Game-changing technologies in FM
Technology is changing the face of facility management and maintenance practices, and it’s bringing changes to the industry. There are certain innovations that FMs should keep abreast of, writes ARIAN BAHRAMSARI.
Digital transformation is evolving at an exponential rate, and it is taking facility management into the future. As well as having managerial and technical skills, FMs are required to be technology-literate individuals. Understanding the main concepts of leading edge technologies will assist facility managers to implement the practices and manage their facilities in more efficient ways. In this article, some of these emerging innovations and their applications in decision-making processes are discussed.
Augmented reality (AR) is one of the latest technologies that allow users to see invisible components, tag physical objects and even picture a digital object in the real world. Facility managers can utilise AR technology in their space management plans. A new device or piece of equipment can be pictured in the real environment, even before being purchased and installed.
Imagine that you step into a plant room containing mechanical and electrical equipment, some of which is unknown to you. To maintain and check each component, you need to see the data sheet, read the logbook and, if one of these documents is missing, you may need to contact the technician to attend the site and brief you about the equipment.
Now, imagine that this plant room is equipped with AR technology and you are given AR glasses when you enter the room. You would be seeing a digital representation next to each object, providing you with instructions, warnings and the way to tackle potential problems. You may even see pipes behind the walls, ducts through the ceiling or traces of cables running under the floor. AR could facilitate the process of checking all the room’s elements from temperature, humidity, vibration levels and lighting levels, to the instruction and service records of each piece of equipment.
Another useful application of AR in facility management would be in training workers for their new roles. New employees can be shown how to evacuate the area and deal with specific scenarios without being physically there. They can also learn how to maintain the equipment and determine any faults without ever opening the gear.
Whereas AR combines live imagery and computer-generated simulation, virtual reality (VR) deals wholly in the artificial world. VR is another ground-breaking technology that allows its user to see themselves in a virtual and unreal environment. In recent years, construction companies have been using this technology to present their display villages to prospective buyers well before commencing construction on the project. This technology enables users to experience browsing in a 360-degree tour, walk around and get a taste of how the project will look when it’s complete.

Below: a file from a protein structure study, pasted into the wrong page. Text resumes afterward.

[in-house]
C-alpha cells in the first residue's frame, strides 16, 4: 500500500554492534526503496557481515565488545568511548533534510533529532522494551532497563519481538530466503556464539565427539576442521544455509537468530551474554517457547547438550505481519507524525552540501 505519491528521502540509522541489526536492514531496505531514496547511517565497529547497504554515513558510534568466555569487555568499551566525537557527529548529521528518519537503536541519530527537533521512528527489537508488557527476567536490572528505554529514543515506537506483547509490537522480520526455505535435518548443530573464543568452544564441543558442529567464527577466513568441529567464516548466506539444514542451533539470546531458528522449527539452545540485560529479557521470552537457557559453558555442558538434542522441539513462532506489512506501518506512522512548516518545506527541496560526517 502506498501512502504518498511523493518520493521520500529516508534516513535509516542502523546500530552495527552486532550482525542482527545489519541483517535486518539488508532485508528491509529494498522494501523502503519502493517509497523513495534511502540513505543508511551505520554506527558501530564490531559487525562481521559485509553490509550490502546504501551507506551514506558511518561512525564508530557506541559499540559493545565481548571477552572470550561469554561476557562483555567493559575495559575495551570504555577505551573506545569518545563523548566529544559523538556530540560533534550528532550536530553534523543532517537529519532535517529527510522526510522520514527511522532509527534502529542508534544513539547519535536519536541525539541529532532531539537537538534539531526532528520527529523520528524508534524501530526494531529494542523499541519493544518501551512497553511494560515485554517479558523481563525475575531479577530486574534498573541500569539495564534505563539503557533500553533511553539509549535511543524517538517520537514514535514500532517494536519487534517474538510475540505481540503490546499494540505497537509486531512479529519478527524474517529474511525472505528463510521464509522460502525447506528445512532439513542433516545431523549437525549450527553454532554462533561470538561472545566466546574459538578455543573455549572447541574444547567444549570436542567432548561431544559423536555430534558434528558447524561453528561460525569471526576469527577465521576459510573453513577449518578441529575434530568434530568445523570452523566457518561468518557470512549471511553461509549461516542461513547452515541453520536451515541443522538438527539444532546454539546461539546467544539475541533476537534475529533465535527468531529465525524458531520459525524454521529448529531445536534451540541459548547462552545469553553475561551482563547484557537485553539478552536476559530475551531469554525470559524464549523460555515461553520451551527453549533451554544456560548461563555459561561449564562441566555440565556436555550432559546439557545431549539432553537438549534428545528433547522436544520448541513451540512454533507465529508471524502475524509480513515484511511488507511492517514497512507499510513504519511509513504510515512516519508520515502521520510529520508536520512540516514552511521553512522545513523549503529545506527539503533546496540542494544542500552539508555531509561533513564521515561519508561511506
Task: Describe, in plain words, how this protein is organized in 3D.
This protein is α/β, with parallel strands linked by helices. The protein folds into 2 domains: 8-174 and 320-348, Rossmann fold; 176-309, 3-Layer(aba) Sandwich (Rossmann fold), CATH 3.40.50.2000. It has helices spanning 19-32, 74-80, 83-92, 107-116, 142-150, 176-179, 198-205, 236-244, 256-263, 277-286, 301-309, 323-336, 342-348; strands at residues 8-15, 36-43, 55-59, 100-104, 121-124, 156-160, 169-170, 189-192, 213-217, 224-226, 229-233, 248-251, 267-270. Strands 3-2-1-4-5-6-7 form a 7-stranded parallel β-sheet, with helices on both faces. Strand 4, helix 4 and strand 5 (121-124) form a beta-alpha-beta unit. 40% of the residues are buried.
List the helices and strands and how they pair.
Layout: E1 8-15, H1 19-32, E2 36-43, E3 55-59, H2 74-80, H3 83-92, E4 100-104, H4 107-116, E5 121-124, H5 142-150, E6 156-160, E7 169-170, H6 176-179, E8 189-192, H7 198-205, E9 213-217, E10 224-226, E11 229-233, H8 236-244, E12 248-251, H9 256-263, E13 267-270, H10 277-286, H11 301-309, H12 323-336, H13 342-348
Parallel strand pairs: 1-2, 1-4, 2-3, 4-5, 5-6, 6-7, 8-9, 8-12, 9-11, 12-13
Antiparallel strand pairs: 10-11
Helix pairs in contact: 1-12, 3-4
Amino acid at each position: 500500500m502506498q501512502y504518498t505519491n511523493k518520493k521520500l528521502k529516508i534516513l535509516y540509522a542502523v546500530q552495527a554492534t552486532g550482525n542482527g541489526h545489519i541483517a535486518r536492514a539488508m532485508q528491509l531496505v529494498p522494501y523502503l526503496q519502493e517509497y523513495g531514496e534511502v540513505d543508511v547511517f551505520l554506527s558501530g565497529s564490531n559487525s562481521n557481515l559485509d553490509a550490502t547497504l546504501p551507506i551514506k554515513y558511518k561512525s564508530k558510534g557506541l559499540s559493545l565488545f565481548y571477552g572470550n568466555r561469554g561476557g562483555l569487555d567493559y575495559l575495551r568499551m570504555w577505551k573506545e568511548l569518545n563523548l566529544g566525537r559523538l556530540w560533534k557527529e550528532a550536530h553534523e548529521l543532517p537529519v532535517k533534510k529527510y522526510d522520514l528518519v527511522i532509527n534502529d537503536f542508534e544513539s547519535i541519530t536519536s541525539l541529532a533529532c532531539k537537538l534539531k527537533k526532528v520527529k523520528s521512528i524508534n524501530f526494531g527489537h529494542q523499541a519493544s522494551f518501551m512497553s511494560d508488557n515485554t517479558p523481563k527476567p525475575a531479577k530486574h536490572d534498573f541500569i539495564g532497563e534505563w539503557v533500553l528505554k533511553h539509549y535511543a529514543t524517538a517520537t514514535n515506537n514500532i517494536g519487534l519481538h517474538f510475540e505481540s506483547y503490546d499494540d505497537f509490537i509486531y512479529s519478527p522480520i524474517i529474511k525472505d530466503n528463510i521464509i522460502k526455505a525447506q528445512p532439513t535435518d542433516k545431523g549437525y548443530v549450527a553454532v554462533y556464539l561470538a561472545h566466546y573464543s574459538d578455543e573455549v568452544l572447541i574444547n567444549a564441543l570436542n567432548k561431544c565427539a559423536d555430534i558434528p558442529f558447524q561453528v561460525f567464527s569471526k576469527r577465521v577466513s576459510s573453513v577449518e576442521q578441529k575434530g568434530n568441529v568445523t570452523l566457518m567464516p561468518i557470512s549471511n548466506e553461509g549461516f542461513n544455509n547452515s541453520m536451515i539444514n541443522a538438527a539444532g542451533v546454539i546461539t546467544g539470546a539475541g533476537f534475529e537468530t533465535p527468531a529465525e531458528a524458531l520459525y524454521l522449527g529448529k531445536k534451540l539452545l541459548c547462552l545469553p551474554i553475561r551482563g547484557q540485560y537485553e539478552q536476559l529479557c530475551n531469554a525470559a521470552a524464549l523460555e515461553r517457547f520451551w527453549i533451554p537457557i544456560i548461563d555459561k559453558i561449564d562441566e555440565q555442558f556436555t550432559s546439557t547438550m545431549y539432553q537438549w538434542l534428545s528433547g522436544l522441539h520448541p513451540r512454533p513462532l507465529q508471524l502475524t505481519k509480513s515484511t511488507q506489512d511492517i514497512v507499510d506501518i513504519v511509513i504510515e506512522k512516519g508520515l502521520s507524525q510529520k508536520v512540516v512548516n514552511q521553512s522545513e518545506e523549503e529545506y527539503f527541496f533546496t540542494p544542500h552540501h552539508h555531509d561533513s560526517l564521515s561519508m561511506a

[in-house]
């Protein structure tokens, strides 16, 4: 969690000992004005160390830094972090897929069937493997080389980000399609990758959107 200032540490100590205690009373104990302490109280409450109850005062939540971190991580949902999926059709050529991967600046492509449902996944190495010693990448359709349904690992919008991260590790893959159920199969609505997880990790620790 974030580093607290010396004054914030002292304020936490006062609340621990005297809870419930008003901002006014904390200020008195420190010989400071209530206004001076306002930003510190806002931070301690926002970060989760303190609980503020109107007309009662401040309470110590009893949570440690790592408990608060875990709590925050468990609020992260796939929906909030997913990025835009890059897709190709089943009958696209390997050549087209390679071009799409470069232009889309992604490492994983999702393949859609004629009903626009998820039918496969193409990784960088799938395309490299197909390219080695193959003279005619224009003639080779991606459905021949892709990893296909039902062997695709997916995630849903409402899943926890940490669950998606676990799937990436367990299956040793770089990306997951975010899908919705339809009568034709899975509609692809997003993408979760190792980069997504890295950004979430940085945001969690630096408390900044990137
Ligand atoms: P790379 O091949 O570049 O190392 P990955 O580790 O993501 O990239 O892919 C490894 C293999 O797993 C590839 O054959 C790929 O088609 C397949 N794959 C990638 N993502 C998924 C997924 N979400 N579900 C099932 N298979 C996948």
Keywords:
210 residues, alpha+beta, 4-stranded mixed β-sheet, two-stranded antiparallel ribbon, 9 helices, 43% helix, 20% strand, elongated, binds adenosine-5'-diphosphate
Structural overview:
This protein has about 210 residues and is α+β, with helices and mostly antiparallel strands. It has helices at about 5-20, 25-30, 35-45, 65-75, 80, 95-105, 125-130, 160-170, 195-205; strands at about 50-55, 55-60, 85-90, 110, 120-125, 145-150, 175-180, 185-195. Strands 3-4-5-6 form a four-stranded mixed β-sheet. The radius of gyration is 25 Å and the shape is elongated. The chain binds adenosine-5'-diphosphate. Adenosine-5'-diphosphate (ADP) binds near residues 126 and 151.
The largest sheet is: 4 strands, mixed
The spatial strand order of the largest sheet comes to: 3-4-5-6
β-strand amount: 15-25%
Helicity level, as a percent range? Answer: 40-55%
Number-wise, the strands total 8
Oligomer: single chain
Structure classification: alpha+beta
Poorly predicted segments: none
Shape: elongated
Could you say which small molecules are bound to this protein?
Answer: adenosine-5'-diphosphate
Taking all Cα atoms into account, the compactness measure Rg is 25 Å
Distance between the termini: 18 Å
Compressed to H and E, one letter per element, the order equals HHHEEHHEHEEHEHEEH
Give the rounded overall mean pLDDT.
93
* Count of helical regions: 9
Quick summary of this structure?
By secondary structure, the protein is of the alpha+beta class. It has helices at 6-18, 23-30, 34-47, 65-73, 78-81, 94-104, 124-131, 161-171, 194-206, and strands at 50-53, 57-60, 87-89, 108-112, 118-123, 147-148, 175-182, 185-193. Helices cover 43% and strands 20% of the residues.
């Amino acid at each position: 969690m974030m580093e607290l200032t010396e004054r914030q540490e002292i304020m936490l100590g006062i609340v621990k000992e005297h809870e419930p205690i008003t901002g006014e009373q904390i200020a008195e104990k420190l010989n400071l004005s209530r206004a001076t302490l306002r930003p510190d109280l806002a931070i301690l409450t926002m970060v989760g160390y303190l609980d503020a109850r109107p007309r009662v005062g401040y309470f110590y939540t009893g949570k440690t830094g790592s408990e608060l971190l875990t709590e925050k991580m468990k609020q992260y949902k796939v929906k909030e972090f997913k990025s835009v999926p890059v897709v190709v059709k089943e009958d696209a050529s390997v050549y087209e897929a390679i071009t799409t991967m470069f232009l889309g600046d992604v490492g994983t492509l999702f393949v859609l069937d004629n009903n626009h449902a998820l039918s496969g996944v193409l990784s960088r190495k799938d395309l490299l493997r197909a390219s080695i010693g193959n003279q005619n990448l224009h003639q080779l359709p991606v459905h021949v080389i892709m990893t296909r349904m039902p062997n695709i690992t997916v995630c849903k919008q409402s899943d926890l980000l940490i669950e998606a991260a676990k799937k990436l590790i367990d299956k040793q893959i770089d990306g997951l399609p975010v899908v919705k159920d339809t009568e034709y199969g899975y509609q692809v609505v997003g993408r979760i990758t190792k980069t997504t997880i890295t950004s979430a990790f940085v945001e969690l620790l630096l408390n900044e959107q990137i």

VR has recently broadened horizons in facility management, too. One of its most common applications in FM is about facility familiarisation and inducting new contractors and visitors into the facility. New contractors can see a three-dimensional view of a large-scale facility in an interactive and informative way in less than a few minutes.
VR can also be used for troubleshooting errors in equipment. Remote technicians can view the facility from the eye of a building manager and walk them through the steps required to rectify the issue.
This way of sharing information has two main advantages:
- transparency of the information and its public availability, which builds trust, and
- its security, privacy or confidentiality
In other words, blockchain is a store of verifiable information among multiple permissioned parties, which prevents the information from being breached and tampered with.
Blockchain technology operates on a decentralised platform. This means that no one owns the chain and it is shared among multiple parties. Let’s see how blockchain can be useful in facility management. Consider a building that has been commissioned a few years back and a facility management company that had the facility’s contract and data. If this company loses the contract and moves on, the new FM company may struggle to retrieve the building’s data, previous contracts and much other essential information. This means, therefore, that clients are constantly paying for this data every time a contract changes hands.